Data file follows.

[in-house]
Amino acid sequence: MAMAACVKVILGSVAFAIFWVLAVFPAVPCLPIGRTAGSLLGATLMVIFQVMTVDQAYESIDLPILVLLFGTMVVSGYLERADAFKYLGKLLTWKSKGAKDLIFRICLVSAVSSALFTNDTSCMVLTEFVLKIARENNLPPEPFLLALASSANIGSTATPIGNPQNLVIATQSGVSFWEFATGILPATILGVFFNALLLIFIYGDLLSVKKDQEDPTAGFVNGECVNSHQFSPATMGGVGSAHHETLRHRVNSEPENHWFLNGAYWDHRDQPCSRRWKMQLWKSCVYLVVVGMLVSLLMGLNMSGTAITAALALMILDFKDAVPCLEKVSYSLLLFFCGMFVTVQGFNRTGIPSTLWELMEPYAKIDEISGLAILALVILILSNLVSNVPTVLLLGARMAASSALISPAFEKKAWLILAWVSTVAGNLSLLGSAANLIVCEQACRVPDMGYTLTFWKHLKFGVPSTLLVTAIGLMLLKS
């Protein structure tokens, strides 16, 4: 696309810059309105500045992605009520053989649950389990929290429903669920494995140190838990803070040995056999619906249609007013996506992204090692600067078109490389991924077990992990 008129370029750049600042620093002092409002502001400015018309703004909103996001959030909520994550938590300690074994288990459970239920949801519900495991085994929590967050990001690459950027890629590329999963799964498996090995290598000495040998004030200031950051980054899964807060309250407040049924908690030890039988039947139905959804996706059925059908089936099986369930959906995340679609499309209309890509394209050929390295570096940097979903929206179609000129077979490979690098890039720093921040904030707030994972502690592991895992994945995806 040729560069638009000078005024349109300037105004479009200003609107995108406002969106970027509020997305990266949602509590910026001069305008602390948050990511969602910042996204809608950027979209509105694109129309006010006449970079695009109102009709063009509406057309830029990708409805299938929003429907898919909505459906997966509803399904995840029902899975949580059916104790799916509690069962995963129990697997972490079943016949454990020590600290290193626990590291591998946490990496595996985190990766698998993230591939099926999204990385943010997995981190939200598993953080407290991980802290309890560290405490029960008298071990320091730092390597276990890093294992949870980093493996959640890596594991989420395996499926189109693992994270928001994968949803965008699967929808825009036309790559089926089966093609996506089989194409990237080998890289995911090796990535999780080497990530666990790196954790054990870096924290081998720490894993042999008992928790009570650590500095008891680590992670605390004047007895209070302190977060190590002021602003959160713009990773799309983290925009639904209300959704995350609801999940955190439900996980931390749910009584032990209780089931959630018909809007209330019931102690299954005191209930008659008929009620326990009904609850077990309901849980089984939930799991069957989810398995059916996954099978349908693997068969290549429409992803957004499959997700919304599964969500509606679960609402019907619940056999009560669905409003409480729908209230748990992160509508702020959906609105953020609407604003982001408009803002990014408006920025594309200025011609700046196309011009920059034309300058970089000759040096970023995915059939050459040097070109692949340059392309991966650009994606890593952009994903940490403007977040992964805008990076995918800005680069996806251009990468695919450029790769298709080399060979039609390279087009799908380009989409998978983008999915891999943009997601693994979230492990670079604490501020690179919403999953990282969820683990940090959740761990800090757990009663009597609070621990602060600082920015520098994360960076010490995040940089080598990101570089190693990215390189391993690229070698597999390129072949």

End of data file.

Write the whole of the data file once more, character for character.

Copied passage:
[in-house]
Amino acid sequence: MAMAACVKVILGSVAFAIFWVLAVFPAVPCLPIGRTAGSLLGATLMVIFQVMTVDQAYESIDLPILVLLFGTMVVSGYLERADAFKYLGKLLTWKSKGAKDLIFRICLVSAVSSALFTNDTSCMVLTEFVLKIARENNLPPEPFLLALASSANIGSTATPIGNPQNLVIATQSGVSFWEFATGILPATILGVFFNALLLIFIYGDLLSVKKDQEDPTAGFVNGECVNSHQFSPATMGGVGSAHHETLRHRVNSEPENHWFLNGAYWDHRDQPCSRRWKMQLWKSCVYLVVVGMLVSLLMGLNMSGTAITAALALMILDFKDAVPCLEKVSYSLLLFFCGMFVTVQGFNRTGIPSTLWELMEPYAKIDEISGLAILALVILILSNLVSNVPTVLLLGARMAASSALISPAFEKKAWLILAWVSTVAGNLSLLGSAANLIVCEQACRVPDMGYTLTFWKHLKFGVPSTLLVTAIGLMLLKS
């Protein structure tokens, strides 16, 4: 696309810059309105500045992605009520053989649950389990929290429903669920494995140190838990803070040995056999619906249609007013996506992204090692600067078109490389991924077990992990 008129370029750049600042620093002092409002502001400015018309703004909103996001959030909520994550938590300690074994288990459970239920949801519900495991085994929590967050990001690459950027890629590329999963799964498996090995290598000495040998004030200031950051980054899964807060309250407040049924908690030890039988039947139905959804996706059925059908089936099986369930959906995340679609499309209309890509394209050929390295570096940097979903929206179609000129077979490979690098890039720093921040904030707030994972502690592991895992994945995806 040729560069638009000078005024349109300037105004479009200003609107995108406002969106970027509020997305990266949602509590910026001069305008602390948050990511969602910042996204809608950027979209509105694109129309006010006449970079695009109102009709063009509406057309830029990708409805299938929003429907898919909505459906997966509803399904995840029902899975949580059916104790799916509690069962995963129990697997972490079943016949454990020590600290290193626990590291591998946490990496595996985190990766698998993230591939099926999204990385943010997995981190939200598993953080407290991980802290309890560290405490029960008298071990320091730092390597276990890093294992949870980093493996959640890596594991989420395996499926189109693992994270928001994968949803965008699967929808825009036309790559089926089966093609996506089989194409990237080998890289995911090796990535999780080497990530666990790196954790054990870096924290081998720490894993042999008992928790009570650590500095008891680590992670605390004047007895209070302190977060190590002021602003959160713009990773799309983290925009639904209300959704995350609801999940955190439900996980931390749910009584032990209780089931959630018909809007209330019931102690299954005191209930008659008929009620326990009904609850077990309901849980089984939930799991069957989810398995059916996954099978349908693997068969290549429409992803957004499959997700919304599964969500509606679960609402019907619940056999009560669905409003409480729908209230748990992160509508702020959906609105953020609407604003982001408009803002990014408006920025594309200025011609700046196309011009920059034309300058970089000759040096970023995915059939050459040097070109692949340059392309991966650009994606890593952009994903940490403007977040992964805008990076995918800005680069996806251009990468695919450029790769298709080399060979039609390279087009799908380009989409998978983008999915891999943009997601693994979230492990670079604490501020690179919403999953990282969820683990940090959740761990800090757990009663009597609070621990602060600082920015520098994360960076010490995040940089080598990101570089190693990215390189391993690229070698597999390129072949």